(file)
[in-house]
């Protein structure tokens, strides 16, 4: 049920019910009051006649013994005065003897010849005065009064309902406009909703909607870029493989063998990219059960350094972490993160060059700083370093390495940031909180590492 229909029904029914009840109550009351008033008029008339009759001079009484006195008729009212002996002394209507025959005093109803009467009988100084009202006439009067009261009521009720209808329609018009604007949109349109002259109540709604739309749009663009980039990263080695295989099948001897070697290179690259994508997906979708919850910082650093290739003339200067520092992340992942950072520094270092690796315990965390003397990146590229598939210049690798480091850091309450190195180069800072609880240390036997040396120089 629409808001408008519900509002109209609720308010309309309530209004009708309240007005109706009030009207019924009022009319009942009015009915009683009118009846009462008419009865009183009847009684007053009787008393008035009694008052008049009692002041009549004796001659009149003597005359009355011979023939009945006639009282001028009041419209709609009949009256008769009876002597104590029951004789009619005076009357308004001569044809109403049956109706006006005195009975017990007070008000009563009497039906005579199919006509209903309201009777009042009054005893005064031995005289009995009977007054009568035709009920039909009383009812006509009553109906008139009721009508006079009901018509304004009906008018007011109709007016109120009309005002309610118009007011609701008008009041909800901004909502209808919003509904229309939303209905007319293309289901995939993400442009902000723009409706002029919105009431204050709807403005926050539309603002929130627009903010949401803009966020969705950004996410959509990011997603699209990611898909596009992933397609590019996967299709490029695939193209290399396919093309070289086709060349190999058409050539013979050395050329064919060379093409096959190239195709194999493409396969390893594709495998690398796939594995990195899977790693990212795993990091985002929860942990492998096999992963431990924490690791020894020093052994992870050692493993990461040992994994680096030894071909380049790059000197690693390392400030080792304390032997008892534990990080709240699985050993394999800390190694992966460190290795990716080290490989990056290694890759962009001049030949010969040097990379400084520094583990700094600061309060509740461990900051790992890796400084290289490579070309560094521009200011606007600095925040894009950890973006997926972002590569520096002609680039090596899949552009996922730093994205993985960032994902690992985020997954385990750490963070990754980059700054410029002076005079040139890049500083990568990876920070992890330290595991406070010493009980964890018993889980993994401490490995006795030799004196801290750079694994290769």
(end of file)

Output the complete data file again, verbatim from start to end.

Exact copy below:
[in-house]
């Protein structure tokens, strides 16, 4: 049920019910009051006649013994005065003897010849005065009064309902406009909703909607870029493989063998990219059960350094972490993160060059700083370093390495940031909180590492 229909029904029914009840109550009351008033008029008339009759001079009484006195008729009212002996002394209507025959005093109803009467009988100084009202006439009067009261009521009720209808329609018009604007949109349109002259109540709604739309749009663009980039990263080695295989099948001897070697290179690259994508997906979708919850910082650093290739003339200067520092992340992942950072520094270092690796315990965390003397990146590229598939210049690798480091850091309450190195180069800072609880240390036997040396120089 629409808001408008519900509002109209609720308010309309309530209004009708309240007005109706009030009207019924009022009319009942009015009915009683009118009846009462008419009865009183009847009684007053009787008393008035009694008052008049009692002041009549004796001659009149003597005359009355011979023939009945006639009282001028009041419209709609009949009256008769009876002597104590029951004789009619005076009357308004001569044809109403049956109706006006005195009975017990007070008000009563009497039906005579199919006509209903309201009777009042009054005893005064031995005289009995009977007054009568035709009920039909009383009812006509009553109906008139009721009508006079009901018509304004009906008018007011109709007016109120009309005002309610118009007011609701008008009041909800901004909502209808919003509904229309939303209905007319293309289901995939993400442009902000723009409706002029919105009431204050709807403005926050539309603002929130627009903010949401803009966020969705950004996410959509990011997603699209990611898909596009992933397609590019996967299709490029695939193209290399396919093309070289086709060349190999058409050539013979050395050329064919060379093409096959190239195709194999493409396969390893594709495998690398796939594995990195899977790693990212795993990091985002929860942990492998096999992963431990924490690791020894020093052994992870050692493993990461040992994994680096030894071909380049790059000197690693390392400030080792304390032997008892534990990080709240699985050993394999800390190694992966460190290795990716080290490989990056290694890759962009001049030949010969040097990379400084520094583990700094600061309060509740461990900051790992890796400084290289490579070309560094521009200011606007600095925040894009950890973006997926972002590569520096002609680039090596899949552009996922730093994205993985960032994902690992985020997954385990750490963070990754980059700054410029002076005079040139890049500083990568990876920070992890330290595991406070010493009980964890018993889980993994401490490995006795030799004196801290750079694994290769």